For jewelry and art, I use broken chunks and fragments of bone. Because agatized bone is so old (about 150,000,000 years old, corresponding with the Late Jurassic Age), many skeletons have broken into small pieces that are no longer recognizable as bones. However, even these smaller pieces have a very unique internal structure (like the rings inside petrified wood) that identifies them as bone. 

  

Q: What does Agatized Dinosaur Bone mean? (for kids)

We know about dinosaurs today because of their fossilized remains. When dinosaurs died, some of them were buried in lake and stream deposits. Many of these remains were preserved through a process called petrification, where local minerals replace organic and bone material. Ninety-five percent  (95%) of all fossils were replaced with calcium. In a few rare cases, the minerals that make up colorful agates (silica) replaced the bones. This is known as “Agatized Dinosaur Bone”.

Everyone’s Favorite Question

Q: What is the biggest dinosaur bone you’ve ever worked with?

I can tell from the blocks of bone that I work with that some of the individual leg bones would have been  more than a foot and a half in diameter. These would have come from HUGE dinosaurs! The magnificent creatures that once inhabited Utah (one of the only places in the world agatized bone can be found) included Allosaurus, Apatosaurus, Brachiosaurus, Camarasaurus, Diplodocus, Stegosaurus, and Torvosaurus (a theropod nearly the size of Tyrannosaurus), to name just a few!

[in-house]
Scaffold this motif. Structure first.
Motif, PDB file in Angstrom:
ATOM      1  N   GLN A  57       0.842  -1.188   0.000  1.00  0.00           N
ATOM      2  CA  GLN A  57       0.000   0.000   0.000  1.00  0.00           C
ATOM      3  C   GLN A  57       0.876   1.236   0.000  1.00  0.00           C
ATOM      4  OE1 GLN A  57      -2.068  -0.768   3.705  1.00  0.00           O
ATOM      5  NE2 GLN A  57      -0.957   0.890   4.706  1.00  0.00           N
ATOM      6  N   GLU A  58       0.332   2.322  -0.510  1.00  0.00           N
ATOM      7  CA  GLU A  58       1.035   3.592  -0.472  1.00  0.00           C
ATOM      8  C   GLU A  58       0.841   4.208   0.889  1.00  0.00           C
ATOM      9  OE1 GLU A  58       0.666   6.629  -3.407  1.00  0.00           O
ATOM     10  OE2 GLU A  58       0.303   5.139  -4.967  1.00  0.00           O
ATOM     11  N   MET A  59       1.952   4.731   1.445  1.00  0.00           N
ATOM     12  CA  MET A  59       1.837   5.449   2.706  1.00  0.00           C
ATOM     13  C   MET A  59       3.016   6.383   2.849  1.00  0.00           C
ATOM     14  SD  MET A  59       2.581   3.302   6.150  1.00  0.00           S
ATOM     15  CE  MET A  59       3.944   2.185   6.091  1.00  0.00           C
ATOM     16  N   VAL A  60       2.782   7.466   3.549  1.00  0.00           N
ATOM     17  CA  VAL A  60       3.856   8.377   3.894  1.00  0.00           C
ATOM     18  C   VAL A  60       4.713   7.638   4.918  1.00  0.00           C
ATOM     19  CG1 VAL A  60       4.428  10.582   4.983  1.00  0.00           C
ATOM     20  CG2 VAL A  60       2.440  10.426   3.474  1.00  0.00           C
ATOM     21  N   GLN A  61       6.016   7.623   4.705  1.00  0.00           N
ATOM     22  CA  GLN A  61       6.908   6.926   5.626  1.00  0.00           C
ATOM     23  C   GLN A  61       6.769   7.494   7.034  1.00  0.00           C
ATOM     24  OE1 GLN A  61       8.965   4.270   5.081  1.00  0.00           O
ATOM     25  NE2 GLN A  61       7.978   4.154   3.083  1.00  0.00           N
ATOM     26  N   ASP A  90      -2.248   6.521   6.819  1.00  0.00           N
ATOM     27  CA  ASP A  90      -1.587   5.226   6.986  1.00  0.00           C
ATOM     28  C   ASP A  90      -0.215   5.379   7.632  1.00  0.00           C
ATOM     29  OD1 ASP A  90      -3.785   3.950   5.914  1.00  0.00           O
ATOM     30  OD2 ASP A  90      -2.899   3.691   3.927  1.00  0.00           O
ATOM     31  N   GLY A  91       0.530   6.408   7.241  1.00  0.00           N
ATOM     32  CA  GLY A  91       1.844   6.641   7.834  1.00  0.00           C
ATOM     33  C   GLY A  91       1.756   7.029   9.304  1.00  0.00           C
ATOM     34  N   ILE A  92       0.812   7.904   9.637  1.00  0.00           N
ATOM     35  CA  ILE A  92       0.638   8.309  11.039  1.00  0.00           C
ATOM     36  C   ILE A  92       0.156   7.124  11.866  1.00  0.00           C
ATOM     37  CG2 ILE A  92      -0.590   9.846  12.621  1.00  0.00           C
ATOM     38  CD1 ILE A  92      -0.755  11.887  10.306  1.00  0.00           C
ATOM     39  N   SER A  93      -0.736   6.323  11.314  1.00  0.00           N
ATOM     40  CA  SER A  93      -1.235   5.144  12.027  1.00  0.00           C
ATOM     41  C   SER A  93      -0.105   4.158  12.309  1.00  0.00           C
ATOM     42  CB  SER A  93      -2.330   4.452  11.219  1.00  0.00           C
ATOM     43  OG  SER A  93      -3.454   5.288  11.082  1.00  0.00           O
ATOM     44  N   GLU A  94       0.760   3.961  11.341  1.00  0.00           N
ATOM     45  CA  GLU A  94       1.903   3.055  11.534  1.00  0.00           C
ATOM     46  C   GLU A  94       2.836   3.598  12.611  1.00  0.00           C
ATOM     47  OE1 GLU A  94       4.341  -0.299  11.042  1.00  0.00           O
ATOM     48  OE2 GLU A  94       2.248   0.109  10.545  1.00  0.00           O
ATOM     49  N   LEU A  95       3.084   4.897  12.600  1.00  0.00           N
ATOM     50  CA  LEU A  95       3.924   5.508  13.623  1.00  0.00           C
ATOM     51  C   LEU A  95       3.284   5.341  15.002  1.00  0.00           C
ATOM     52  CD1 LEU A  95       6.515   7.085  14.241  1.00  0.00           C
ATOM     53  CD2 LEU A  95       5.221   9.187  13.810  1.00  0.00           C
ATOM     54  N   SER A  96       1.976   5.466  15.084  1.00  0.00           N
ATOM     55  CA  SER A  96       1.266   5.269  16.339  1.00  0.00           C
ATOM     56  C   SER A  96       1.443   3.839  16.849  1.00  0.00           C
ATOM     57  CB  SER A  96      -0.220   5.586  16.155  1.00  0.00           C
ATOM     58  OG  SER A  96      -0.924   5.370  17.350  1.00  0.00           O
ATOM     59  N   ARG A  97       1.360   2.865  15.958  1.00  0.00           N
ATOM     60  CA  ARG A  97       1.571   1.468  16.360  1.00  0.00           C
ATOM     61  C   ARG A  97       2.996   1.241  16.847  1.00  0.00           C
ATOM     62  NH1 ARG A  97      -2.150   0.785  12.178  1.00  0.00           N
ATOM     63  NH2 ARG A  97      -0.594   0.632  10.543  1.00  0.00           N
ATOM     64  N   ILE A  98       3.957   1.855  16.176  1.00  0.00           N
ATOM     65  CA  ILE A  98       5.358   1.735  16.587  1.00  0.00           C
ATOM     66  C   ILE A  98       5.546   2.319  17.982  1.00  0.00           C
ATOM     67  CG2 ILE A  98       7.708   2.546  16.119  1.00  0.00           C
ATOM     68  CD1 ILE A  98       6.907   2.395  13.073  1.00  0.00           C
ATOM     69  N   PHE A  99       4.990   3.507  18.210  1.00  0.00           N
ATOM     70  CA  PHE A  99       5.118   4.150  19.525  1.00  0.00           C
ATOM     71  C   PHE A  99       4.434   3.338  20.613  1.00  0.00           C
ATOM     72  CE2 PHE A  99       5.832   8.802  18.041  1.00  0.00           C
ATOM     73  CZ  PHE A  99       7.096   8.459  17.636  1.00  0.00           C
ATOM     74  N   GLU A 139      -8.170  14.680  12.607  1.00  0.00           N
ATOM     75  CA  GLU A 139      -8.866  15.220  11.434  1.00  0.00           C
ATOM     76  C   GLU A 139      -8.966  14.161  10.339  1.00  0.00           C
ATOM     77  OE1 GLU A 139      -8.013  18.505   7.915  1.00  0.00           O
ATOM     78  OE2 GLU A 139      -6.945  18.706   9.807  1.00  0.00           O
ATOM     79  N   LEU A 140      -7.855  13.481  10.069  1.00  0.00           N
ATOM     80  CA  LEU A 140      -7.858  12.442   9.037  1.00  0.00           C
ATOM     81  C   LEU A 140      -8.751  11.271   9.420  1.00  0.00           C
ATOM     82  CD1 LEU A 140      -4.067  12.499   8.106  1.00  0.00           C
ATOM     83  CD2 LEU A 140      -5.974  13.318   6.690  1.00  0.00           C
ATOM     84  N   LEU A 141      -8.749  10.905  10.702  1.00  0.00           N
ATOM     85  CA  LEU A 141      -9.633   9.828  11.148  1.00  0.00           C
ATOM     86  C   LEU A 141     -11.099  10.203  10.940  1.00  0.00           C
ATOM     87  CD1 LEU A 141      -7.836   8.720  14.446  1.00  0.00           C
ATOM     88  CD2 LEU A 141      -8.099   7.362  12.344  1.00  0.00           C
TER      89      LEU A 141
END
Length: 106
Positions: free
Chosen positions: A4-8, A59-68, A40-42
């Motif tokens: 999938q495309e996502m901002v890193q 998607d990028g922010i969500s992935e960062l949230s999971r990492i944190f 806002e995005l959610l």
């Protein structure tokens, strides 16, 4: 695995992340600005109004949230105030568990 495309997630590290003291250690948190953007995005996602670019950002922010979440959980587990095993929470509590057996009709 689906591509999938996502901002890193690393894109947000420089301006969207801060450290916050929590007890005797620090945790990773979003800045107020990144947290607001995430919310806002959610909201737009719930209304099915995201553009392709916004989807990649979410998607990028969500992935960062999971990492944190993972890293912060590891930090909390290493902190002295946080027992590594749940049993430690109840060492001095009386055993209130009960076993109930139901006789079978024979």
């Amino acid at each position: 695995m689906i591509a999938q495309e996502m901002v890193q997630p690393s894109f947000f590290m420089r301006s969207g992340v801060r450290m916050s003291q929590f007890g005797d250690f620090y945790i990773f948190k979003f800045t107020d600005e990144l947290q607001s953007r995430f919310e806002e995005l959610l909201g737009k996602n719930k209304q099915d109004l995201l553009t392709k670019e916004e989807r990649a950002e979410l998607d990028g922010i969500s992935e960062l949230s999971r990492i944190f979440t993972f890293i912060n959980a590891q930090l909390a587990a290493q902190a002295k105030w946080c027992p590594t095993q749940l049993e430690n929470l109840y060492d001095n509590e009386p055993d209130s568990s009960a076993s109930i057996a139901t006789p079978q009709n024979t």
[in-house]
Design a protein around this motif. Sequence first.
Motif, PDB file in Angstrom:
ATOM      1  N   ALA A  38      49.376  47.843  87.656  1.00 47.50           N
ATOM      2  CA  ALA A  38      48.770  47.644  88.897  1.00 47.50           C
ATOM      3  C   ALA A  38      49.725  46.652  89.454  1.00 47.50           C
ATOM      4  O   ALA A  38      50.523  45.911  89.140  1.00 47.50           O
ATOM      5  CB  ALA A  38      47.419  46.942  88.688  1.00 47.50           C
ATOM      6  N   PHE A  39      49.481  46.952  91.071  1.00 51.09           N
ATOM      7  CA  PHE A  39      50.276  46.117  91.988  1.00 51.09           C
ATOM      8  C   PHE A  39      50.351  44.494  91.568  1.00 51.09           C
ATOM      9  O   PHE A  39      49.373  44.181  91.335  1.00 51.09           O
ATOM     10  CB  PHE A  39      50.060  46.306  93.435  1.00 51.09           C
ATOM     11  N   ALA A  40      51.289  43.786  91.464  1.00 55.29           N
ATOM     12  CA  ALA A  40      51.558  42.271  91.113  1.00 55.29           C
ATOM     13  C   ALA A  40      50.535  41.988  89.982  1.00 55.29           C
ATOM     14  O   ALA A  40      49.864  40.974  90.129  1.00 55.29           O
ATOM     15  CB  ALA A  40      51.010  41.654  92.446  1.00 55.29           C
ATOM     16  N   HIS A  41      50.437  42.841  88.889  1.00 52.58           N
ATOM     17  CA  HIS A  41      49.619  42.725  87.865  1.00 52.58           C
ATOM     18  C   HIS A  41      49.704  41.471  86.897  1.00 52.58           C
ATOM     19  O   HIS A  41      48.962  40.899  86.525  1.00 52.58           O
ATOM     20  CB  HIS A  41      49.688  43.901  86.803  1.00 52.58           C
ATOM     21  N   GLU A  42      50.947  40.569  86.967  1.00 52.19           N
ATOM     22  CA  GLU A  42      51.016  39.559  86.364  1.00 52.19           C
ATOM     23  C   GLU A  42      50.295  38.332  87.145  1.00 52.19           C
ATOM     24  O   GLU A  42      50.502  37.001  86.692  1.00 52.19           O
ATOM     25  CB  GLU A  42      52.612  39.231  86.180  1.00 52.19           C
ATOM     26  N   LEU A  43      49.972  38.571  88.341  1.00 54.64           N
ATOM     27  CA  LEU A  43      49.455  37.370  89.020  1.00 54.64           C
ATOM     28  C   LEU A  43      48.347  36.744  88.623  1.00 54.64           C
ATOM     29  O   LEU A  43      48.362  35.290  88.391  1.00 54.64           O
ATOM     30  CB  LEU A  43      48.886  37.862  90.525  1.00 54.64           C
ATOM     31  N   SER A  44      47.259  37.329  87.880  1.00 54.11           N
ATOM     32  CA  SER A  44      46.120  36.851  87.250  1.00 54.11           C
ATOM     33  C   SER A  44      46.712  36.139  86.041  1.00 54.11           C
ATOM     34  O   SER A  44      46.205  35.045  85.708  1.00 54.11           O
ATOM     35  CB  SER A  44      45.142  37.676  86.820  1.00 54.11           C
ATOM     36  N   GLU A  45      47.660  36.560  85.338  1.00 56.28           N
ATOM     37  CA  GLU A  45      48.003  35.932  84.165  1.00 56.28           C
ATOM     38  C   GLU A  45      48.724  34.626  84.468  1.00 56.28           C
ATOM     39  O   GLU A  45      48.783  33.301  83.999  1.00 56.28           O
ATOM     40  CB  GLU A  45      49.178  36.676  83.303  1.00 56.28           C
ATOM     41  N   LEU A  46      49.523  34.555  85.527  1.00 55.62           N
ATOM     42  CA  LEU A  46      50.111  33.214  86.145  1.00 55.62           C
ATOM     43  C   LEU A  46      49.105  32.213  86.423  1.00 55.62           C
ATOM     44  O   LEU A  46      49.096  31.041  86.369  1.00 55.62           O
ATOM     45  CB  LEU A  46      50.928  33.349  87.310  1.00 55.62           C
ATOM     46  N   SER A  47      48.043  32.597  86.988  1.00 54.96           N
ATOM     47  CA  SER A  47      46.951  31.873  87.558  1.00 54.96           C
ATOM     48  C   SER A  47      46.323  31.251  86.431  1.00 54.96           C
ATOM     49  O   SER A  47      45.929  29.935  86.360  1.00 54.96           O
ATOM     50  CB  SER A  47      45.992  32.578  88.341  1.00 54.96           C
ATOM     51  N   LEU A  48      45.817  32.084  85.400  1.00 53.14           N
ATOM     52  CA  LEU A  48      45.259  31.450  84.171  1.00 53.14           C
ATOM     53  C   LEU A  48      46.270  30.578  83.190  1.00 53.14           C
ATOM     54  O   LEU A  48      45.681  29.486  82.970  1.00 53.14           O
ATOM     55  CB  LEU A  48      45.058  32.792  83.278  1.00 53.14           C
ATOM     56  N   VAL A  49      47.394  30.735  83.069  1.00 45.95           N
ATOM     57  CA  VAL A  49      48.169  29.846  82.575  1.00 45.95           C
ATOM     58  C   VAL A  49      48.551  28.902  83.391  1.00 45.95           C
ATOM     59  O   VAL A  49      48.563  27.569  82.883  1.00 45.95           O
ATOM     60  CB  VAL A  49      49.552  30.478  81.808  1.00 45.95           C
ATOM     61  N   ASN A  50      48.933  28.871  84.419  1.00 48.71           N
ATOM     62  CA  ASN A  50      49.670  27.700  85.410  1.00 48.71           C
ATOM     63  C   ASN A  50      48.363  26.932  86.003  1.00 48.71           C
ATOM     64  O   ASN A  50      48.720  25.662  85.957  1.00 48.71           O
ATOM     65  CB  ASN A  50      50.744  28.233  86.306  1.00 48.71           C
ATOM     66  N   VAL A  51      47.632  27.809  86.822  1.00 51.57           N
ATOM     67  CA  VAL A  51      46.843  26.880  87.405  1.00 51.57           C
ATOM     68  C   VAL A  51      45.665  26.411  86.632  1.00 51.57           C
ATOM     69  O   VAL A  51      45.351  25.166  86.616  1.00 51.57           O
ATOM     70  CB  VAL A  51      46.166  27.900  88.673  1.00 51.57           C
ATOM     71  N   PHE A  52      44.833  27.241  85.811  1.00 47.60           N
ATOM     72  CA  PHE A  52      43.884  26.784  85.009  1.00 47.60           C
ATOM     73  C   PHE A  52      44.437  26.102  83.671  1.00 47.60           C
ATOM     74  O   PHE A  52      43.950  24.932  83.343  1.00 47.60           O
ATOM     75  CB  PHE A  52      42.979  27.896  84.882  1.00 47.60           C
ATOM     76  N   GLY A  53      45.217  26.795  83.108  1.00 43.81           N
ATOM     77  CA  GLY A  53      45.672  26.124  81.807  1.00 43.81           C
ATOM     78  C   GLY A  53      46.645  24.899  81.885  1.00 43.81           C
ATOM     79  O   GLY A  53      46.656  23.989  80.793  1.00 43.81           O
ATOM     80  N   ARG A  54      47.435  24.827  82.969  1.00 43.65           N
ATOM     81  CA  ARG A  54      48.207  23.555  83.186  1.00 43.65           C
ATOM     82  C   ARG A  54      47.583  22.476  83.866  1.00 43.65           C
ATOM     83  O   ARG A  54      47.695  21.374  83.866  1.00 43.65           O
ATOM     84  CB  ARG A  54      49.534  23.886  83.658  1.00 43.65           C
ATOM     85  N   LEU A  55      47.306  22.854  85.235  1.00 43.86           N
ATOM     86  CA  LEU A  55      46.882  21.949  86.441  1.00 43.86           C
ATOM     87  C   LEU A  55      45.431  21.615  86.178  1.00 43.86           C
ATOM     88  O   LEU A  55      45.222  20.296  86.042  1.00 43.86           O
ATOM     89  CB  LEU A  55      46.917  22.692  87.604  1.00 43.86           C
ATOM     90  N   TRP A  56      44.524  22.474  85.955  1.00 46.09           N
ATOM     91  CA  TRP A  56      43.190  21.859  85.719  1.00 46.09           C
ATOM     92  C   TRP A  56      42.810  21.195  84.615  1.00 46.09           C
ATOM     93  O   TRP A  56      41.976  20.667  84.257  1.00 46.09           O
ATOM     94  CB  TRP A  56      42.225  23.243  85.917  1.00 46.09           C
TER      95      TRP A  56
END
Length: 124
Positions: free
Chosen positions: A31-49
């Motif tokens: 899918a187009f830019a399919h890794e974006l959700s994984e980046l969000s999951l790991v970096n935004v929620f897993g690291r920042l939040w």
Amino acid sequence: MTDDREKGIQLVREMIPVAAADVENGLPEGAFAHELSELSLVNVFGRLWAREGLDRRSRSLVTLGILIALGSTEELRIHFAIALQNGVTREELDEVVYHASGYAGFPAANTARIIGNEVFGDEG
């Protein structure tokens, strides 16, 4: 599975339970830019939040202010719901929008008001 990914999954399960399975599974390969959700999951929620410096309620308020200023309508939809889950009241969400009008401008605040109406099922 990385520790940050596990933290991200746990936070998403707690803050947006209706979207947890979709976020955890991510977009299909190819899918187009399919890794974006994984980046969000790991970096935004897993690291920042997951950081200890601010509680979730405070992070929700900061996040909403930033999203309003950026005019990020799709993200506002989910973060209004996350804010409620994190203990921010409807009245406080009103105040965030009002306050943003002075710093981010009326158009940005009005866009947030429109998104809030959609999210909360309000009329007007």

Wisdom for Dinosaur Fans

Q: Thank you so much for your time today! Do you have any suggestions for boys or girls who are interested in learning more about dinosaurs?

I am pleased that so many young people are interested in dinosaurs. There are new discoveries being presented almost daily. Going online and doing simple searches will reveal these wondrous discoveries. There are some paleontologists who are trying to set up sites where you can come and legally dig for bones by yourself. There are a few people who have private property where bones can be found and will allow you to collect on their property. There are also opportunities to work with the experts and assist with digging up dinosaurs. If you like dinosaurs, there are many ways to get up close and personal if you look for them! Enjoy!!!

It’s Not the End

You can find out more about Ken at The Stone Carver, where he showcases his beautiful art that is the result of more than 40 years of working with dinosaur bones and refining his techniques for  producing exquisitely crafted jewelry and more from agatized dinosaur bones. His creations allow you to hold the “Legacy of the Dinosaur” in the palm of your hand.

If you would like to hold one of these dinosaur fossils in your hand, now you can! We’ve included 1 large fossil in our helpful Dinosaur Discovery Toolbox, ready for your children’s fun and imagination about dinosaur bones.